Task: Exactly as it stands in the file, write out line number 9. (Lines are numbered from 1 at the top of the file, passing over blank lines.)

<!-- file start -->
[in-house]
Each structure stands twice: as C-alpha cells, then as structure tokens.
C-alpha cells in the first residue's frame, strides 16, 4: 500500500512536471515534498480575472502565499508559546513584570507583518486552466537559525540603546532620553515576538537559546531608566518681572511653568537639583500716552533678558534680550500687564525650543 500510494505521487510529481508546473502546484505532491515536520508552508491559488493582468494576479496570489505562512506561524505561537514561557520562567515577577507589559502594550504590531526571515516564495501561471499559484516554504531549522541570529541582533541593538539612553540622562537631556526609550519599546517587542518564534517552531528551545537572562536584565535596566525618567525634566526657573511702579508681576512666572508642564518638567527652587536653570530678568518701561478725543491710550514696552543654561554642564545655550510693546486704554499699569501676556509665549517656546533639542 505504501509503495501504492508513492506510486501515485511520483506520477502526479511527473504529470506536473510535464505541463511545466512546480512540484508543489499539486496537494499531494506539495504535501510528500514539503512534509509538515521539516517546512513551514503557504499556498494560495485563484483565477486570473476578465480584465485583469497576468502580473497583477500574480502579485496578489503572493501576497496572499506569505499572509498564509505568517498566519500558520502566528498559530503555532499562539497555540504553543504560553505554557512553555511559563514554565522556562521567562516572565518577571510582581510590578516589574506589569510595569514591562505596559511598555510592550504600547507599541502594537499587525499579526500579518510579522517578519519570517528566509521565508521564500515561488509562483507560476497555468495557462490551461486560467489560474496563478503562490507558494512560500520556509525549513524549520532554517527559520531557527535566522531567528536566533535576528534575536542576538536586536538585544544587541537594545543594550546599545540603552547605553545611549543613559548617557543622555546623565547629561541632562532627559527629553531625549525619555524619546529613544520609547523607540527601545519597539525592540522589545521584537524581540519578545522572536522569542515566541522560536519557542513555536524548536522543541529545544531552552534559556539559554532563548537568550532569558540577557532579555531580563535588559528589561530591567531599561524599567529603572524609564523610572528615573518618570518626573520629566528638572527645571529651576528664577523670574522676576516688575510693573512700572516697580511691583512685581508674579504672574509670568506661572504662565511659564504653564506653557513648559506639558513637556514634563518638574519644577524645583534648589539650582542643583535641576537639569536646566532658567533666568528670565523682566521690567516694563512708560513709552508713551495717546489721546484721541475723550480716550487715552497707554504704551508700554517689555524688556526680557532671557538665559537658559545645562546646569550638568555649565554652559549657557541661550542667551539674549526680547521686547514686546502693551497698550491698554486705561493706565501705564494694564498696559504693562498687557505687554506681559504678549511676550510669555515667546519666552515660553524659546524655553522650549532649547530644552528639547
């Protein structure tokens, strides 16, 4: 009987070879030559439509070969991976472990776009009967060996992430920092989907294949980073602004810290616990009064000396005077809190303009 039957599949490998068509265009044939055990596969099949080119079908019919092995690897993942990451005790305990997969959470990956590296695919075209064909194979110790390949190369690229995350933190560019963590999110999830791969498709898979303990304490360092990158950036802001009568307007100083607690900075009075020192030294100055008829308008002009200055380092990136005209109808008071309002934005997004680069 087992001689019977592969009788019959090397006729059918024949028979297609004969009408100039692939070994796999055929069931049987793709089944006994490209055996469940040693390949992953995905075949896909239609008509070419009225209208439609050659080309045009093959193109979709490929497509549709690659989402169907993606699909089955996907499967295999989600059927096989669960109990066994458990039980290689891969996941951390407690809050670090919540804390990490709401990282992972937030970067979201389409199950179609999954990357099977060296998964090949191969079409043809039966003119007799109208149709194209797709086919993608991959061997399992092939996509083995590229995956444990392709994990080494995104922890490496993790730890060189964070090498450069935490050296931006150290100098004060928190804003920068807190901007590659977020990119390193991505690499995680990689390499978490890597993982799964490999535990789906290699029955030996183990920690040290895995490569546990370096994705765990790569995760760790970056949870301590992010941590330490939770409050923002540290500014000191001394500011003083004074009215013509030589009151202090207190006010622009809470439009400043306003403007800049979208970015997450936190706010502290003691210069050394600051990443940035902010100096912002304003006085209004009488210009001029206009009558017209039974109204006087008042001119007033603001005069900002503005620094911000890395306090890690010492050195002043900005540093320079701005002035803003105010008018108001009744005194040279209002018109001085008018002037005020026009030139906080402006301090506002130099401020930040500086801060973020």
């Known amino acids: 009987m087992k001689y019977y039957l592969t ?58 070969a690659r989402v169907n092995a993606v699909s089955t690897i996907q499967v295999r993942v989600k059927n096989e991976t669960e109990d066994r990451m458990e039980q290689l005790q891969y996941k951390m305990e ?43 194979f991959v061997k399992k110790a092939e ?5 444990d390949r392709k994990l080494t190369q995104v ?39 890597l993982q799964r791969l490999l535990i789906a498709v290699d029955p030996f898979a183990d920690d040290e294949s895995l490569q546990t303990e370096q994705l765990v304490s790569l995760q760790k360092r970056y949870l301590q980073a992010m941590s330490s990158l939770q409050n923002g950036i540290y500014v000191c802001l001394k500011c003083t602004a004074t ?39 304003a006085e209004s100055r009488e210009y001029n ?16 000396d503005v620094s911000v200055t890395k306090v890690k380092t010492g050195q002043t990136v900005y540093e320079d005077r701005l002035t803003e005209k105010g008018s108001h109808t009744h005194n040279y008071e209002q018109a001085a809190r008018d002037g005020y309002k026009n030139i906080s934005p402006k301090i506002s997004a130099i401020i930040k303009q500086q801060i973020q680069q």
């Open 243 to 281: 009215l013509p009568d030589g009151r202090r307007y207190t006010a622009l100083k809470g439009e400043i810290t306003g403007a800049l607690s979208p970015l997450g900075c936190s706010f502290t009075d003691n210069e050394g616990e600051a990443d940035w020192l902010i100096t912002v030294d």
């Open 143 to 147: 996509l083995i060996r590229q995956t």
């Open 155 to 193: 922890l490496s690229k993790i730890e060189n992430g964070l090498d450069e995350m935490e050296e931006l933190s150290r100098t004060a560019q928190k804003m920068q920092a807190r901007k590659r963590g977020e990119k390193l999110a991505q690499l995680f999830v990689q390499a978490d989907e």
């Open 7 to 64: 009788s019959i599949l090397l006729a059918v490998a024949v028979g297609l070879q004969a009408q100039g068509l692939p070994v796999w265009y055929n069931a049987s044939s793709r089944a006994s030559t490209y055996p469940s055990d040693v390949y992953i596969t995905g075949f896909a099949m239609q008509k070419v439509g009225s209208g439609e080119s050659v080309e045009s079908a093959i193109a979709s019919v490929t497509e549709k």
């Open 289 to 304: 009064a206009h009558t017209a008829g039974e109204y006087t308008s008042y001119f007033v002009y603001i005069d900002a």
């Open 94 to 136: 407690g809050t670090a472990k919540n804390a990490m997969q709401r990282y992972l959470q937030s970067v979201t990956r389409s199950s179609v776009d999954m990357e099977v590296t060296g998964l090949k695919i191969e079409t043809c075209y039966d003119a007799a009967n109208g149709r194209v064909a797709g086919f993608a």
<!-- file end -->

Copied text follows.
């Open 7 to 64: 009788s019959i599949l090397l006729a059918v490998a024949v028979g297609l070879q004969a009408q100039g068509l692939p070994v796999w265009y055929n069931a049987s044939s793709r089944a006994s030559t490209y055996p469940s055990d040693v390949y992953i596969t995905g075949f896909a099949m239609q008509k070419v439509g009225s209208g439609e080119s050659v080309e045009s079908a093959i193109a979709s019919v490929t497509e549709k």